Of interest to the musician is the complement of three MIDI sockets, along with a coaxial power socket. Unusually, the MIDI In socket is a seven‑pin type, to provide remote powering to compatible MIDI pedalboards, but instead of taking the power from the Eclipse's own supply, an external unit suited to the pedalboard can be connected to this coaxial power socket. Two quarter‑inch sockets can be used to connect footswitches, footpedals, or external 0‑5V DC control voltages, which can be used to modulate selected effects parameters or to trigger specific events (including loading new programs). The Eclipse incorporates an internal universal power supply, which accepts 100‑240V AC via the usual IEC inlet.

In Use

Eventide Eclipse V4

Despite the unit's considerable processing power, the front panel is remarkably uncluttered, but very 'Eventide' in its styling. LED input metering and sample rate indicators sit to the left of the wide, dot‑matrix, fluorescent display. A push button toggles the display between two I/O configuration screens to set analogue and digital input and output levels, as well as the wet/dry balance, mono/stereo mode, and so on.

The two‑line fluorescent display is bright and crisp, and easily readable from a distance. The top line presents the current program and parameter details, while the lower line indicates the function of the four instant‑access soft keys arranged below the display window. Spread out to the right of the display, five buttons surround a rotary encoder, with a numeric keypad incorporating up‑down buttons and an enter key on the extreme right‑hand side, plus a tap‑tempo button and the mains on‑off rocker switch. There's also a Compact Flash (Type I and II) memory-card slot on the front panel for storing preset memory data (another sign of ageing hardware, as a front‑panel USB socket for a memory stick would be more fashionable and convenient today!).

The three buttons to the left of the rotary encoder, labelled Program, Hot Keys and Parameter, each have an LED to indicate the current status. The Program button recalls and stores programs, or accesses the 'program search' facility. The Hot Keys button assigns the most relevant program parameter functions to the four soft keys, which makes fine‑tuning a preset very fast indeed. The Hot Keys are also configurable so that, if desired, a user can allocate their own preferred parameter preferences. For more in‑depth editing, the Parameter button accesses the full set of parameters for the current program. Essentially, then, the Hot Keys button provides 'Simple' operation while the Parameter button provides the 'Expert' mode.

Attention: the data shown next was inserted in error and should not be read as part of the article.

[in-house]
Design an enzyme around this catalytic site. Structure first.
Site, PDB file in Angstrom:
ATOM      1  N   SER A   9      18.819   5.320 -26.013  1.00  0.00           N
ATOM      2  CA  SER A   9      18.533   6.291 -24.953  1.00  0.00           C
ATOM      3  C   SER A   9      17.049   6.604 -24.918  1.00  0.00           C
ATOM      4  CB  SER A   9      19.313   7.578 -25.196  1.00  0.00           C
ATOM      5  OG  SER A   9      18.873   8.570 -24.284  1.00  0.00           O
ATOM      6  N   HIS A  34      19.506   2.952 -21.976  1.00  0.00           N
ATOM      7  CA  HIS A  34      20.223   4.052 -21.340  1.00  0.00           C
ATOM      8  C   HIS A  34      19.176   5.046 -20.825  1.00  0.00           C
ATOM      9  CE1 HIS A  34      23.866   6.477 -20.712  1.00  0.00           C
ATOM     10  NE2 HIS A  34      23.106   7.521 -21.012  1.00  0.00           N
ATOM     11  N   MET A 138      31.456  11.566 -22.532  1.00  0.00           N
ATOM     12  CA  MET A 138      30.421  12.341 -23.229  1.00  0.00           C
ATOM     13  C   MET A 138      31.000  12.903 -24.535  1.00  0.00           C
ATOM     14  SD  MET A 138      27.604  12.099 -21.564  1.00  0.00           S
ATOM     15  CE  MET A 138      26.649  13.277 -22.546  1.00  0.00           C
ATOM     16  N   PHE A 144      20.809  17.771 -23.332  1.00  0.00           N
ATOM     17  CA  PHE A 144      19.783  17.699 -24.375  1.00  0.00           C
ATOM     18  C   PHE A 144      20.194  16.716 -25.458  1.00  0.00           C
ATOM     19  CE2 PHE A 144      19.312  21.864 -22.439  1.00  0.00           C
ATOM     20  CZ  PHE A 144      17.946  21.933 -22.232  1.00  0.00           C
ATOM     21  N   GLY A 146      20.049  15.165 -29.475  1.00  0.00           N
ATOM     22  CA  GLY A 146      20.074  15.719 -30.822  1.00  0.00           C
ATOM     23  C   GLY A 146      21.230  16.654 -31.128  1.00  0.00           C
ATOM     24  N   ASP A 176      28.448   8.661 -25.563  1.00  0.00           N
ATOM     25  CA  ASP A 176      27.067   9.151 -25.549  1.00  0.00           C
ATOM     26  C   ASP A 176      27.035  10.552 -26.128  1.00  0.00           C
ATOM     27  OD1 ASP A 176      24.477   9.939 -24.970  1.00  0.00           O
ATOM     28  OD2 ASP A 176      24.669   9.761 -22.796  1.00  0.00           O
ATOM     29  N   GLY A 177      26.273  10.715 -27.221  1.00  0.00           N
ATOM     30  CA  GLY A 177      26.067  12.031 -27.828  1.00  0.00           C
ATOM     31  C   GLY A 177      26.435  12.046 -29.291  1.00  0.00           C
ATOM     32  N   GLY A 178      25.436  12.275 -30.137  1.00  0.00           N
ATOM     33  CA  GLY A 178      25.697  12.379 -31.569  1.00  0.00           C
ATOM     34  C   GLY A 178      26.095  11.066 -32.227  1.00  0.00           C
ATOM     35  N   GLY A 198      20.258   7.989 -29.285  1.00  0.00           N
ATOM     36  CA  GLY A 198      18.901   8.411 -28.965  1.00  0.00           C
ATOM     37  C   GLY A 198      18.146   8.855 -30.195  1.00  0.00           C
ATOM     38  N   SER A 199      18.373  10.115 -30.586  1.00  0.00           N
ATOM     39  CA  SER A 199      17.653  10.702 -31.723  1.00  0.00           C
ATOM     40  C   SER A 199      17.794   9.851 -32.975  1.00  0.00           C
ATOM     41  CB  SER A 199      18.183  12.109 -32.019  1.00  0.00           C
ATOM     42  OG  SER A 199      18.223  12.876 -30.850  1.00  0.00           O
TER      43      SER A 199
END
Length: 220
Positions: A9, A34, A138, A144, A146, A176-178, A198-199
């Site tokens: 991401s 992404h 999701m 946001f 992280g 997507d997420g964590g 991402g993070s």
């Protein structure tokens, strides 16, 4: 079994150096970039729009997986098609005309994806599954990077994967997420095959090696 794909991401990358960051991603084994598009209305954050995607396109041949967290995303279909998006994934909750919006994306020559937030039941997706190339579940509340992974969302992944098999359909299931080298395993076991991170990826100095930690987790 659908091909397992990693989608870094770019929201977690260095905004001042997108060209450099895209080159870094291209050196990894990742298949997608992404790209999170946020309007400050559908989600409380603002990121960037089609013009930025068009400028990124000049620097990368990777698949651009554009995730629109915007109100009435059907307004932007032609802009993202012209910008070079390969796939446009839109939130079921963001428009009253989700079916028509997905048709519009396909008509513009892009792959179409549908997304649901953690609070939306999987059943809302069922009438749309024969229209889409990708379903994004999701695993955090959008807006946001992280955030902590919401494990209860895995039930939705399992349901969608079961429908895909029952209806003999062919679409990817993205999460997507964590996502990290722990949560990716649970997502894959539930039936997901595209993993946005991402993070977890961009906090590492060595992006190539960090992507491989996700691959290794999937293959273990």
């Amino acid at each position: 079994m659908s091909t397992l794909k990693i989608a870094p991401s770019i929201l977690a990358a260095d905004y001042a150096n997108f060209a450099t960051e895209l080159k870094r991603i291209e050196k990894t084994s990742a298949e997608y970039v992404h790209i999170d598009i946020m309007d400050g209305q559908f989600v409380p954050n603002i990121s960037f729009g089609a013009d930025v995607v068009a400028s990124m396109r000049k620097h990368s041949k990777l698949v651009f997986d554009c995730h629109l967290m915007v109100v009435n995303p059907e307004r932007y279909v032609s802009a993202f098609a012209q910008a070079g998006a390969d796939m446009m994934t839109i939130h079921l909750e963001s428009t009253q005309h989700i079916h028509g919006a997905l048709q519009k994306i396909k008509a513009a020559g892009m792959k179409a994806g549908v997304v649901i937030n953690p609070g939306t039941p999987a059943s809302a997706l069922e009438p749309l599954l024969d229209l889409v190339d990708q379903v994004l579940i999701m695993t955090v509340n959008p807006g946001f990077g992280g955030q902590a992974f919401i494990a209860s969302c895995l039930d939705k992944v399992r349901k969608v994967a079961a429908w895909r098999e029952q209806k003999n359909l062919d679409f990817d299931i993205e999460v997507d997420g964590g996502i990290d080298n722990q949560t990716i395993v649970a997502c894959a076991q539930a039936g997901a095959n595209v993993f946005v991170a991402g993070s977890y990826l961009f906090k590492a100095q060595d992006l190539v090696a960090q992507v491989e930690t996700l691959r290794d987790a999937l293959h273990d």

The rotary encoder's ballistics vary cunningly depending on the number of increments available for the selected parameter and the speed of rotation. This makes navigating parameters fast and intuitive, rather than painstakingly slow, as it can be on some devices that step dogmatically through every parameter value! Set to the right of the encoder are Bypass and Setup buttons, both with LED indicators. The latter accesses the unit's back‑office functions, such as the detailed operating modes, digital I/O and clock configurations, display and MIDI settings, footpedal and footswitch types, user grouping of effects programs, and so on. The numeric keypad is used to enter parameter values directly, instead of dialling a value with the rotary encoder.

The Eclipse is certainly a high‑quality product, built robustly and with solid buttons and controls that give confidence it would cope easily with life on the road as a musician's effects processor, as well as coping with 24/7 use in a studio. The overwhelming collection of preset effects (the 2001 model I reviewed had just 217!) are constructed from various combinations of the underlying 109 algorithms, which are grouped into 11 categories: delays (21), dynamics (4), filters (13), plex (5), preamps (10), shifters (12), verbs (7), combos (12), utilities (5), and the new TimeFactor (10) and ModFactor (10) stomp-box algorithms. There are presets for every occasion here, and while individual user preferences will undoubtedly prefer slightly tweaked versions of the stock factory options, the simple user interface makes that trivially simple to achieve. The larger reverbs are rich and spacious, with lush modulations, while the smaller rooms and ambience effects are very effective and usable. The delays and filters are comprehensively specified and adjustable, and the pitch‑shifters are as good as it is possible to make them, setting standards others still struggle to match in some cases.